The History of Pendennis: His Fortunes and Misfortunes, His Friends and His Greatest Enemy

By William Makepeace Thackeray | Go to book overview

oaks was uncommonly dull to a man who had the entrée of half the houses in London, and was in the habit of making his bow in three or four drawing-rooms of a night. A dinner with Doctor Portman or a neighbouring squire now and then; a dreary rubber at backgammon with the widow, who did her utmost to amuse him: these were the chief of his pleasures. He used to long for the arrival of the bag with the letters, and he read every word of the evening paper. He doctored himself, too, assiduously, -- a course of quiet living would suit him well, he thought, after the London banquets. He dressed himself laboriously every morning and afternoon: he took regular exercise up and down the terrace walk. Thus, with his cane, his toilet, his medicine-chest, his backgammon-box, and his newspaper, this worthy and worldly philosopher fenced himself against ennui; and if he did not improve each shining hour, like the bees by the widow's garden wall, Major Pendennis made one hour after another pass as he could; and rendered his captivity just tolerable. After this period it was remarked that he was fond of bringing round the conversation to the America war, the massacre of Wyoming and the brilliant actions of Saint Lucie, the fact being that he had a couple of volumes of the "Annual Register" in his bed-room, which he sedulously studied. It is thus a well-regulated man will accommodate himself to circumstances, and show himself calmly superior to fortune.

Pen sometimes took the box at backgammon of a night, or would listen to his mother's simple music of summer evenings -- but he was very restless and wretched in spite of all: and has been known to be up before the early daylight even, and down at a carp-pond in Clavering Park, a dreary pool with innumerable whispering rushes and green alders, where a milkmaid drowned herself in the Baronet's grandfather's time, and her ghost was said to walk still. But Pen did not drown himself, as perhaps his mother fancied might be his intention. He liked to go and fish there, and think and think at leisure, as the float quivered in the little eddies of the pond, and the fish flapped about him. If he got a bite he was excited enough: and in this way occasionally brought home carps, tenches, and eels, which the Major cooked in the Continental fashion.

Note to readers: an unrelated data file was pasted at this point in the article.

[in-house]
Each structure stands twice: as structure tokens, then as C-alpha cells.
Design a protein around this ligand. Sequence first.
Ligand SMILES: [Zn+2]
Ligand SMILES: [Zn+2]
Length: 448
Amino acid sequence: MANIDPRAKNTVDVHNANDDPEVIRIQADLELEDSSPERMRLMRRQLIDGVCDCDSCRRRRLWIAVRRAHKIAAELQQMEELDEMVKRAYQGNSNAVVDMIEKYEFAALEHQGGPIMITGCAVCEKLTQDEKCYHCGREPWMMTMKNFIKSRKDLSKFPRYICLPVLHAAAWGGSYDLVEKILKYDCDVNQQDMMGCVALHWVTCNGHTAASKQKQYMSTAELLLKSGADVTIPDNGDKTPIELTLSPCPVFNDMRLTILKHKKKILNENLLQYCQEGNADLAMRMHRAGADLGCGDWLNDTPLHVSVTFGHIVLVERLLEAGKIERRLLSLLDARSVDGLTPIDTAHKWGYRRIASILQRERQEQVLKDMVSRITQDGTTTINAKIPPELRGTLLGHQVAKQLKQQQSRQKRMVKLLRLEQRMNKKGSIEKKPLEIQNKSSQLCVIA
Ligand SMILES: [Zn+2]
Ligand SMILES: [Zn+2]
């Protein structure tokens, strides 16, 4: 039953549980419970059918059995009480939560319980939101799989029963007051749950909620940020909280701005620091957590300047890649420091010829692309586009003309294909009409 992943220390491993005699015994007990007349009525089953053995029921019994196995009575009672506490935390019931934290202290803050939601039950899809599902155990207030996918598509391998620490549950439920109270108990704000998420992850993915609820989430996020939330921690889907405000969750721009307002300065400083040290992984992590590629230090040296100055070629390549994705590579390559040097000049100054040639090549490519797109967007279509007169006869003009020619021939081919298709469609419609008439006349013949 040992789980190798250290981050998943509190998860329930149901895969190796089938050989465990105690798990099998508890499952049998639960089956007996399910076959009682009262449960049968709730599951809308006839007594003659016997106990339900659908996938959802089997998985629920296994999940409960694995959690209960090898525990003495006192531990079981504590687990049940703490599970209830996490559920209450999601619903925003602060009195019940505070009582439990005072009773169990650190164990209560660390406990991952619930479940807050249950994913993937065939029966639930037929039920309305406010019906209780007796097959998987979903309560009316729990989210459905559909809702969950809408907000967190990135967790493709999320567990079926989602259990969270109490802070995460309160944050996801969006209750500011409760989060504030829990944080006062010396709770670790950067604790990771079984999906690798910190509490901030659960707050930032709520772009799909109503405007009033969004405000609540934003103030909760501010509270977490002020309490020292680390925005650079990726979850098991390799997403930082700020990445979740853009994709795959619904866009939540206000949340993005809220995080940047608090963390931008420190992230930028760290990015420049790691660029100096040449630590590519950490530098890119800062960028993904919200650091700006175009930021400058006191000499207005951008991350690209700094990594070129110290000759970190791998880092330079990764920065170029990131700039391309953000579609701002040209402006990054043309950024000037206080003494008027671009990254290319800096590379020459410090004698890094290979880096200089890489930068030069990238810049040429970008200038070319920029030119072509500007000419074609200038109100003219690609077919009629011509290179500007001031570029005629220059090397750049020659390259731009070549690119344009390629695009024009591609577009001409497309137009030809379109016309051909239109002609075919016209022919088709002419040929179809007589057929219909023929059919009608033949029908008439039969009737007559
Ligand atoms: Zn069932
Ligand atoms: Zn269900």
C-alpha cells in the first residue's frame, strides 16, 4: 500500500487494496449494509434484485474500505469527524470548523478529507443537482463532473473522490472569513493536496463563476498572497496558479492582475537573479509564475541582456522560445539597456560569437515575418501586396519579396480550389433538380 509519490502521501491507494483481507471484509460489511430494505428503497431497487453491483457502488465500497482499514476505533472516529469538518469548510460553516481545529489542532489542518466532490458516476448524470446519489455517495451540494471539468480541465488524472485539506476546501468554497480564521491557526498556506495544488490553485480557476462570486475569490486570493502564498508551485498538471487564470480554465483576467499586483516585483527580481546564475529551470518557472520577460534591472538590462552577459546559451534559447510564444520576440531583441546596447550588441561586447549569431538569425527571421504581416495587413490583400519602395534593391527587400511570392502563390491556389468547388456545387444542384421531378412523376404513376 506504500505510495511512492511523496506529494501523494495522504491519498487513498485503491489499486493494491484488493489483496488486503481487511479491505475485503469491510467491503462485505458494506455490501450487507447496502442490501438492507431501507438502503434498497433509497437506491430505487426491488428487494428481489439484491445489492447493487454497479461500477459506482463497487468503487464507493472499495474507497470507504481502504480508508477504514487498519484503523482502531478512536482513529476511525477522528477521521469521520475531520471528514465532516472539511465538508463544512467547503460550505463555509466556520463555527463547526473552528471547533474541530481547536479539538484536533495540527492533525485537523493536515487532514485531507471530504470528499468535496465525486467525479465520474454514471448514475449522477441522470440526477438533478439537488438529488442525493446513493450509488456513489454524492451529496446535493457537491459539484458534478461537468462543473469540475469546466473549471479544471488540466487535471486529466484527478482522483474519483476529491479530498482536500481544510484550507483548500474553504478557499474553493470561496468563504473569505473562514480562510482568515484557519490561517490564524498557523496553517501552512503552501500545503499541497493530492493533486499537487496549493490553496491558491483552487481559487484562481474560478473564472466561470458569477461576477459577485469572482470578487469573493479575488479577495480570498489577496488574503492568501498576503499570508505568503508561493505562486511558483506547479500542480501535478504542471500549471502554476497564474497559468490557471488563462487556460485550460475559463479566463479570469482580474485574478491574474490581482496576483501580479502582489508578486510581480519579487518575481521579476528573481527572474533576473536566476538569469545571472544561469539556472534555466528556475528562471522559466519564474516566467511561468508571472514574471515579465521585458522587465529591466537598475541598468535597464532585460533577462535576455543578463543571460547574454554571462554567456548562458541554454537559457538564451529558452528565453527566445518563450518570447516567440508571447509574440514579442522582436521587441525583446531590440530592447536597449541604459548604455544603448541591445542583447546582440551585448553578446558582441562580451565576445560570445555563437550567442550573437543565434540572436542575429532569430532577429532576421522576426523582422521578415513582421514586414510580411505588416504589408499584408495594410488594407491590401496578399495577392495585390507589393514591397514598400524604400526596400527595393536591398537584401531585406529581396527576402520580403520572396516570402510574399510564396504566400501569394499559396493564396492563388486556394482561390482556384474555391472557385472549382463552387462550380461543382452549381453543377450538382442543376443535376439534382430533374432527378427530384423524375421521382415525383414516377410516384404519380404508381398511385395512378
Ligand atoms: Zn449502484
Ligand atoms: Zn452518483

By this pond, and under a tree, which was his favourite resort, Pen composed a number of poems suitable to his circumstances -- over which verses he blushed in after days, wondering how he could ever have invented such rubbish. And as for the tree, it is in a hollow of this very tree, where he used to put his tin box of ground-bait, and other fishing commodities, that he afterwards -- but we are advancing matters. Suffice it to say, he wrote poems and relieved himself very much. When a man's grief or passion is at this point, it may be loud, but it is not very severe. When a gentleman is cudgelling his brain to find any rhyme for sorrow, besides borrow and to-morrow, his woes are nearer at an end than he thinks for. So were Pen's. He had his hot and cold fits, his days of sullenness and peevishness, and of blank resignation and despondency, and occasional mad paroxysms of rage and longing, in which fits Rebecca would be saddled and galloped fiercely about the country, or into Chatteris, her rider gesticulating wildly on her back, and astonishing carters and turnpike-men as he passed, crying out the name of the false one.

Mr. Foker became a very frequent and welcome visitor at Fairoaks during this period, where his good spirits and oddities always amused the Major and Pendennis, while they astonished the widow and little Laura not a little. His tandem made a great sensation in Clavering market-place; where he upset a market-stall, and cut Mrs. Pybus's poodle over the shaven quarters, and drank a glass of raspberry bitters at the Clavering Arms. All the society in the little place heard who he was, and looked out his name in their Peerages. He was so young, and their books so old, that his name did not appear in many of their volumes; and his mamma, now quite an antiquated lady, figured amongst the progency of the Earl of Rosherville, as Lady Agnes Milton still. But his name,

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